WASHINGTON – In just over six weeks, voters in Virginia will have to choose a new governor in what could be the most expensive race in the state’s history, with the candidates having already raised almost $30 million.
The latest Quinnipiac University poll has Democrat Terry McAuliffe and Republican Ken Cuccinelli running just a few percentage points apart as they approach a key debate before the Fairfax County Chamber of Commerce that will be broadcast on TV live on Wednesday night. With the margin of error factored in, the race is a statistical dead heat.
“The only way to look at this election is that it is a process of elimination election,” said Larry Sabato, director of the Center for Politics at the University of Virginia.
“Generally speaking, people are going to be voting for a particular candidate because they have eliminated the other one,” Sabato said.
Wednesday’s debate is only the second one of the campaign between the two candidates and the first one in voter-rich Northern Virginia. There is one more scheduled Oct. 24 on the Virginia Tech campus in Blacksburg.
Professor Steve Farnsworth of the University of Mary Washington says before the election is over, it could set a record for campaign spending in the state. In the 2005 gubernatorial race between Republican Jerry Kilgore and Democrat Tim Kaine, the candidates spent $46.7 million. R. Creigh Deeds and Bob McDonnell in 2009 spent about $41 million.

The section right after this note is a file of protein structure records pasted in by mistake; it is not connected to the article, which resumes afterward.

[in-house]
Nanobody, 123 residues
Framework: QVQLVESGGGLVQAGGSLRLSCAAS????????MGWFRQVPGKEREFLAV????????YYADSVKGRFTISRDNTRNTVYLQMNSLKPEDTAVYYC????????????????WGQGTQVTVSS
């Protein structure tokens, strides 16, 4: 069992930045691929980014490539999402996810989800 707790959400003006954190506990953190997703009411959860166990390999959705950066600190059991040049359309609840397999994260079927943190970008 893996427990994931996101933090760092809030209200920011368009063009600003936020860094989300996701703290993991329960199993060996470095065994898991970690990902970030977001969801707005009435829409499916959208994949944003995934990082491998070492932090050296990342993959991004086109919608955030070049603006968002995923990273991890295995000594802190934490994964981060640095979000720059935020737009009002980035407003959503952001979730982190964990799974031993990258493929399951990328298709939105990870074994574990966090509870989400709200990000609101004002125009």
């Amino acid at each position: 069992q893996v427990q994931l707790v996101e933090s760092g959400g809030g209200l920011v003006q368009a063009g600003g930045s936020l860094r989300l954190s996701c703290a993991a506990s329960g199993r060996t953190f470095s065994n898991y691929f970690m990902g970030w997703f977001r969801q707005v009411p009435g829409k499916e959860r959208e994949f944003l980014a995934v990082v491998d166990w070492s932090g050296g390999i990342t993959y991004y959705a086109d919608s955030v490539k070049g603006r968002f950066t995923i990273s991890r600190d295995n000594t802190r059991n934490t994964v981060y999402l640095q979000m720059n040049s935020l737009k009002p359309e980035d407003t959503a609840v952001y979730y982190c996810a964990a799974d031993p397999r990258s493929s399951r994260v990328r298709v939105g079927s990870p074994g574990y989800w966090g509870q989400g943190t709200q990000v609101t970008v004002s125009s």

“The second way that this is going to set a record in the percentage of ads that are so negative,” Farnsworth said.
Farnsworth predicts a bombardment of ads on TV and radio in the last six weeks.
Both Cuccinelli and McAuliffe have faced questions about their ethics during the campaign.
Cuccinelli has donated $18,000 to charity, the value of gifts he received from Star Scientific businessman Jonnie Williams.
McAuliffe has faced continued questions about GreenTech, an electric car company that he helped found and charges that he used undue influence to get special visas for Chinese investors.
Sabato says both of those issues hang over the candidates, and so does the probe of incumbent Republican Gov. Bob McDonnell that involves gifts from Williams.
“Hanging out there is what’s going to happen to Governor McDonnell. Will that break before the election? Nobody knows,” said Sabato.
Virginia’s election, which will select the lieutenant governor, attorney general and members of the House of Delegates, will be held on Tuesday, Nov. 4.